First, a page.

Eventually I think I took pity on her, or figured I was really going to get it if I left my neighbor stranded in the middle of the cornfield forever. I went in and led her to the road. She was not amused. I am fairly certain she never went into a cornfield again.
Oftentimes when I see a cornfield I think of this episode. Lately though, I’ve begun to think about this as a parable of sorts. Attempting to navigate the intricacies of a new culture can be a lot like being lost in the corn field. Where people raised in a culture find their way from one side to another effortlessly, newcomers will find themselves facing a wall of uncertainty.
I have seen culture compared to an iceberg, where behaviors float above water, while the causes of the behaviors are well below the ocean’s surface. I have seen culture likened to an onion, where you peel back layers to understand the culture. To me, when you compare it to an iceberg, it seems as though you can never understand the underlying causes. While comparing it to an onion leads you to believe that there is a definitive order to peeling away the layers. I see culture more like the cornfield I left my neighbor stranded in. There are well defined paths that will help you navigate the culture, but finding them is the trick. You can only see what is in front of you, and your interpretation is based on your background. As you navigate your own section of this cultural cornfield, you gain a little insight, but there is no way to pull back and observe the entire field. You acquire a little knowledge at a time, and interpret information based not just on what you are learning along the way, but also on the skills and knowledge you bring with you.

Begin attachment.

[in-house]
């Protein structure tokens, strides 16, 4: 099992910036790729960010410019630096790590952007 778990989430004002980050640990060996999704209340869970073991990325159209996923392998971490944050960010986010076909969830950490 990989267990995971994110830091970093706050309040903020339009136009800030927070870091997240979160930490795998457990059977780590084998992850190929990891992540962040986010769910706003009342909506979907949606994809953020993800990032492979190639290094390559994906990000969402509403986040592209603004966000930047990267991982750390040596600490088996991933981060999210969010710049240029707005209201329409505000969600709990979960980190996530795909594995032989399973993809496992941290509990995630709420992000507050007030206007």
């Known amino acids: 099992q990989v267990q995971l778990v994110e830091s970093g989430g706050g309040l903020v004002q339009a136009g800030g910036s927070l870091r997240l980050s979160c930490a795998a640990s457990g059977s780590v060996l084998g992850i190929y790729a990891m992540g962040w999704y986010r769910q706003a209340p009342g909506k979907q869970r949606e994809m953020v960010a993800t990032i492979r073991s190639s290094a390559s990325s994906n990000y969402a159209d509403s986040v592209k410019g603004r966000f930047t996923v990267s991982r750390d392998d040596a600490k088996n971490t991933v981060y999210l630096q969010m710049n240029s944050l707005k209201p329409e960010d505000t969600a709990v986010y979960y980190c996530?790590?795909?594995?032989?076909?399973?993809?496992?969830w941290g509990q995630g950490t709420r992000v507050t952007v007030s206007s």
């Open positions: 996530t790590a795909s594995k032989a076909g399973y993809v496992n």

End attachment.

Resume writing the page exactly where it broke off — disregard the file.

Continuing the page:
There are days when I feel as though I am stranded in the middle of a giant cornfield with no way out. Ahead of me is an endless wall of green. Today it may be the language, yesterday it was driving, tomorrow it maybe a new holiday. Most of the time I remember to turn away from the wall in front of me and look for a path that will lead me to a better understanding of the culture, but inevitably, I find another wall. I am learning the culture slowly, a row at a time, weaving information together to create a pattern in the field.
Even within my family, the interpretation of events and culture is different. My children see things one way, my interpretation is different not only from theirs, but also from that of my husband. Each of us entered the cornfield in a different place, and our experiences are not always shared. My husband and I have similar educations, but vastly different backgrounds. Even when we take in the same events, we process them in our own rows seeing different aspects of the culture. My children view things through yet another lens, suspended between our visions and their own. Somewhere between our individual interpretations lies something close to the truth. I collect these insights, like fallen corn and tie them together, hoping to gain some needed perspective while remaining lost among the corn, trying not to panic.